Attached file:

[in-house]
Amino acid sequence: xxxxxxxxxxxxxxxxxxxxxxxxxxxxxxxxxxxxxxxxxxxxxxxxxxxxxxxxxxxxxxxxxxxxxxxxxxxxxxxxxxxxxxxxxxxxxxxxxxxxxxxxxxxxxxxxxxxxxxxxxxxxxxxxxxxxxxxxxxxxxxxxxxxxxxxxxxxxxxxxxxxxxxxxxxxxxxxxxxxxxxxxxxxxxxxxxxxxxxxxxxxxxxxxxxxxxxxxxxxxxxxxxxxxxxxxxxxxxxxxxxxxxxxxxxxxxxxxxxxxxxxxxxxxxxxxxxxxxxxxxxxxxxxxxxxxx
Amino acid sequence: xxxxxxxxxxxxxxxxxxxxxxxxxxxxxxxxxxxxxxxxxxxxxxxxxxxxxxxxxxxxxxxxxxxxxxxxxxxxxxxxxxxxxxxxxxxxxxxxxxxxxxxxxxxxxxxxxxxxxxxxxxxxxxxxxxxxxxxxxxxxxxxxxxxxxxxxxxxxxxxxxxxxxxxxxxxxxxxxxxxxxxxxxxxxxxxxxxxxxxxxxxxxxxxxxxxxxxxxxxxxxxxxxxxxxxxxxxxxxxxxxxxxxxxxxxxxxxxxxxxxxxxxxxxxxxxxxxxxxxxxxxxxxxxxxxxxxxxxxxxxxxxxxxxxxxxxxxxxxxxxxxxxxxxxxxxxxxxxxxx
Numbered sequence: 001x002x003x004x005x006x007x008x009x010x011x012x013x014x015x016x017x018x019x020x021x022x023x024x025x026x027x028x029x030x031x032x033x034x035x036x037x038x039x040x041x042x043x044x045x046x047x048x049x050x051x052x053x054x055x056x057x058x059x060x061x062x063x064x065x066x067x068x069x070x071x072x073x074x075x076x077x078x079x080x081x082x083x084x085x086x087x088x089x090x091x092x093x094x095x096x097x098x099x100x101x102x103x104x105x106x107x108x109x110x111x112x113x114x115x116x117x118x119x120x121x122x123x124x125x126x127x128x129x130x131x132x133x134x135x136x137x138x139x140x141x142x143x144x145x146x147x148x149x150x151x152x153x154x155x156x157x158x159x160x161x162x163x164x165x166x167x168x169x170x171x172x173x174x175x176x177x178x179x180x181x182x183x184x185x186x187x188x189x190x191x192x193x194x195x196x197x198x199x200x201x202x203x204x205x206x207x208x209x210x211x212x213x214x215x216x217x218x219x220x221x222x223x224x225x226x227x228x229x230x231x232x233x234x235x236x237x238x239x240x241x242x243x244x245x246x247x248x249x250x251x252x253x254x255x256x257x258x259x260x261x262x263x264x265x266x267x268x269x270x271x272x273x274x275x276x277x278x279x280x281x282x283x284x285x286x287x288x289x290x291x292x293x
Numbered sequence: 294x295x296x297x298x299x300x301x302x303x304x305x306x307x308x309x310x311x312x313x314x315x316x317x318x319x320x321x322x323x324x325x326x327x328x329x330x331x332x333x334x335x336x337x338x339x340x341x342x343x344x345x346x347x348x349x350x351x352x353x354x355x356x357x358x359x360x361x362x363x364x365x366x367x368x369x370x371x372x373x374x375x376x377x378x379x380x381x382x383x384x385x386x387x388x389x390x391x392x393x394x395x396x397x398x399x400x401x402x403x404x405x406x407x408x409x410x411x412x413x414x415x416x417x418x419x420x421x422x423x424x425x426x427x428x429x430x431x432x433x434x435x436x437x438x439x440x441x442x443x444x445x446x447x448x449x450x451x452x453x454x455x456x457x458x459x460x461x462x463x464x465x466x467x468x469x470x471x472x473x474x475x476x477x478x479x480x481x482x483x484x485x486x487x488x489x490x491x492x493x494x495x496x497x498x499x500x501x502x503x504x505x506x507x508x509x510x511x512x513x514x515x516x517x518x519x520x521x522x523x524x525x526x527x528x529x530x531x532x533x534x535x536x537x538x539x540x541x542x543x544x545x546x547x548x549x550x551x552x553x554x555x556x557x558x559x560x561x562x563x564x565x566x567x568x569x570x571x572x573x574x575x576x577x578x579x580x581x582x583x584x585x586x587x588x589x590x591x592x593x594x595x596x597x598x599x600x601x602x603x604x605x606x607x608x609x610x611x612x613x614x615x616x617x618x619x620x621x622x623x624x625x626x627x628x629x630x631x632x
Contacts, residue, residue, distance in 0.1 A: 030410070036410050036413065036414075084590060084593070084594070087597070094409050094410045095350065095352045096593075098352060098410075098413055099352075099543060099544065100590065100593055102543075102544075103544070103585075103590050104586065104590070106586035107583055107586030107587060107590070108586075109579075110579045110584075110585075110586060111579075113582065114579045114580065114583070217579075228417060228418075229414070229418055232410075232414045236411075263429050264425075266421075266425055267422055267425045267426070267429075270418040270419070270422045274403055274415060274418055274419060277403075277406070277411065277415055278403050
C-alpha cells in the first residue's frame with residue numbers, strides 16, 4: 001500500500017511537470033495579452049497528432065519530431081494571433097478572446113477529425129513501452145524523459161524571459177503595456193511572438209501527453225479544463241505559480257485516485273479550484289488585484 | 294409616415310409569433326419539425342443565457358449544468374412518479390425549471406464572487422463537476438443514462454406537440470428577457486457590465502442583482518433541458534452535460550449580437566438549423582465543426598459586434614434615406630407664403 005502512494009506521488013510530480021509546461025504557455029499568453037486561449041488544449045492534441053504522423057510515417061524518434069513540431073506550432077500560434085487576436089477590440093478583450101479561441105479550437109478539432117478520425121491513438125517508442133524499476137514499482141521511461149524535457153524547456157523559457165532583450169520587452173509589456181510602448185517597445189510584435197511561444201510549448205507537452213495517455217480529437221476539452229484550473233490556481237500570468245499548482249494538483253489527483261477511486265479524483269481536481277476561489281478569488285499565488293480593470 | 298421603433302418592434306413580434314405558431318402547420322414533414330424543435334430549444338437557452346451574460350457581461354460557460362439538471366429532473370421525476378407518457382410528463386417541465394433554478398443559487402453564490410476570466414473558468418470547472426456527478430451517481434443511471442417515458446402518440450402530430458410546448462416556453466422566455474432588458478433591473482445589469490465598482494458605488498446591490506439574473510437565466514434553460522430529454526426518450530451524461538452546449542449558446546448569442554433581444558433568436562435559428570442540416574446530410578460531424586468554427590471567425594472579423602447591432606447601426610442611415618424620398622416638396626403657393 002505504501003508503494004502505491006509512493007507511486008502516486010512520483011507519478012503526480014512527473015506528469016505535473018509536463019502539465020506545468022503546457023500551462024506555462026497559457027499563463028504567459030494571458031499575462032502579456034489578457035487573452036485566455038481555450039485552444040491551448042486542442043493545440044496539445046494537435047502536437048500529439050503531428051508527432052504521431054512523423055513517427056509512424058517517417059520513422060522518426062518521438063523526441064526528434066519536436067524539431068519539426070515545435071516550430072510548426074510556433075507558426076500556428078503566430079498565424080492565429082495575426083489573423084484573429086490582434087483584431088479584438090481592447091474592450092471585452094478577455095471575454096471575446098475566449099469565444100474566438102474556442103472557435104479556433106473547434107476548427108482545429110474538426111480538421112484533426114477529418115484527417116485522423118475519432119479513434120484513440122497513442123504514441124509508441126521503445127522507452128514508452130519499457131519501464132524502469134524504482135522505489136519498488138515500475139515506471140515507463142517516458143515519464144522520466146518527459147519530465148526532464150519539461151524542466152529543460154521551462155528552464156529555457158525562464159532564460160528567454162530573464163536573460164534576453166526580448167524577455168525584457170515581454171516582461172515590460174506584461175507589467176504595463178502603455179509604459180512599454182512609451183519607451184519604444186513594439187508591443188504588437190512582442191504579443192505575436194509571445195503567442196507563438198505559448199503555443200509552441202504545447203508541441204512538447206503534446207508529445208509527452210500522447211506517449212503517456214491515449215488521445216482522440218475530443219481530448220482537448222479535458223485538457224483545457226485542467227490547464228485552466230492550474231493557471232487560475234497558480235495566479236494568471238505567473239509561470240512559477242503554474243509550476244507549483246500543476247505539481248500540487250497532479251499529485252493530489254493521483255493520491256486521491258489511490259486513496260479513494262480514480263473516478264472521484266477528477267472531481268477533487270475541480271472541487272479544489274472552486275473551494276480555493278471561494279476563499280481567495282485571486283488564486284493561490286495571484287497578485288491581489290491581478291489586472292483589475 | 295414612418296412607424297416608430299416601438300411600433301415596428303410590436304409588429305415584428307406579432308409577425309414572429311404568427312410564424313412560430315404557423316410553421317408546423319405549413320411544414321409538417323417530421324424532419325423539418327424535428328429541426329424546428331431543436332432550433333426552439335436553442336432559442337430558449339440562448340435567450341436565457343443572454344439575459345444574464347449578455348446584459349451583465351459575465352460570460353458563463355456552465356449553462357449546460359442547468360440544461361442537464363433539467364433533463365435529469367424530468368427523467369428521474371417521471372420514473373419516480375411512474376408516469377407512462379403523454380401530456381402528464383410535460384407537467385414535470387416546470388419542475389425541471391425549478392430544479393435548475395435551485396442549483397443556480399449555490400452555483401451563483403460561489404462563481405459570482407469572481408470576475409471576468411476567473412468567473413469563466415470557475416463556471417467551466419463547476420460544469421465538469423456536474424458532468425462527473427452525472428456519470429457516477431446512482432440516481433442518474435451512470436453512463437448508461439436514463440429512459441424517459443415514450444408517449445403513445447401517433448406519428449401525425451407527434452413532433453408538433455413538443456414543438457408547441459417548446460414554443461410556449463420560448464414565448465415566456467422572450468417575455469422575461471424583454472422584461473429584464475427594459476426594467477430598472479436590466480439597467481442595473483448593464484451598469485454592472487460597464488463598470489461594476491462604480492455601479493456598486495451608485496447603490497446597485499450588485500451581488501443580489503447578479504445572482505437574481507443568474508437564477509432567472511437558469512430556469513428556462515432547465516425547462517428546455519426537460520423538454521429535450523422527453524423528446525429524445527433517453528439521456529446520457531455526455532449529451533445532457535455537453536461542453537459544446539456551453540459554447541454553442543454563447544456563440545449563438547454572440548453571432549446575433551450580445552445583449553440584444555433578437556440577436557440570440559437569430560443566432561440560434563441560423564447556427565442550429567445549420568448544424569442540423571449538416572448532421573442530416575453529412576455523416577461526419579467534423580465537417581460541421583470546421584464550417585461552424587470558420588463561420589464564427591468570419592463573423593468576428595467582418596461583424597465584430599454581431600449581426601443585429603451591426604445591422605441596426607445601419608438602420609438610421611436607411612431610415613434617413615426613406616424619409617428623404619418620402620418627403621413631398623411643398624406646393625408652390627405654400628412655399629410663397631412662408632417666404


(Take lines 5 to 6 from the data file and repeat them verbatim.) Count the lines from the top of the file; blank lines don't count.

Numbered sequence: 294x295x296x297x298x299x300x301x302x303x304x305x306x307x308x309x310x311x312x313x314x315x316x317x318x319x320x321x322x323x324x325x326x327x328x329x330x331x332x333x334x335x336x337x338x339x340x341x342x343x344x345x346x347x348x349x350x351x352x353x354x355x356x357x358x359x360x361x362x363x364x365x366x367x368x369x370x371x372x373x374x375x376x377x378x379x380x381x382x383x384x385x386x387x388x389x390x391x392x393x394x395x396x397x398x399x400x401x402x403x404x405x406x407x408x409x410x411x412x413x414x415x416x417x418x419x420x421x422x423x424x425x426x427x428x429x430x431x432x433x434x435x436x437x438x439x440x441x442x443x444x445x446x447x448x449x450x451x452x453x454x455x456x457x458x459x460x461x462x463x464x465x466x467x468x469x470x471x472x473x474x475x476x477x478x479x480x481x482x483x484x485x486x487x488x489x490x491x492x493x494x495x496x497x498x499x500x501x502x503x504x505x506x507x508x509x510x511x512x513x514x515x516x517x518x519x520x521x522x523x524x525x526x527x528x529x530x531x532x533x534x535x536x537x538x539x540x541x542x543x544x545x546x547x548x549x550x551x552x553x554x555x556x557x558x559x560x561x562x563x564x565x566x567x568x569x570x571x572x573x574x575x576x577x578x579x580x581x582x583x584x585x586x587x588x589x590x591x592x593x594x595x596x597x598x599x600x601x602x603x604x605x606x607x608x609x610x611x612x613x614x615x616x617x618x619x620x621x622x623x624x625x626x627x628x629x630x631x632x
Contacts, residue, residue, distance in 0.1 A: 030410070036410050036413065036414075084590060084593070084594070087597070094409050094410045095350065095352045096593075098352060098410075098413055099352075099543060099544065100590065100593055102543075102544075103544070103585075103590050104586065104590070106586035107583055107586030107587060107590070108586075109579075110579045110584075110585075110586060111579075113582065114579045114580065114583070217579075228417060228418075229414070229418055232410075232414045236411075263429050264425075266421075266425055267422055267425045267426070267429075270418040270419070270422045274403055274415060274418055274419060277403075277406070277411065277415055278403050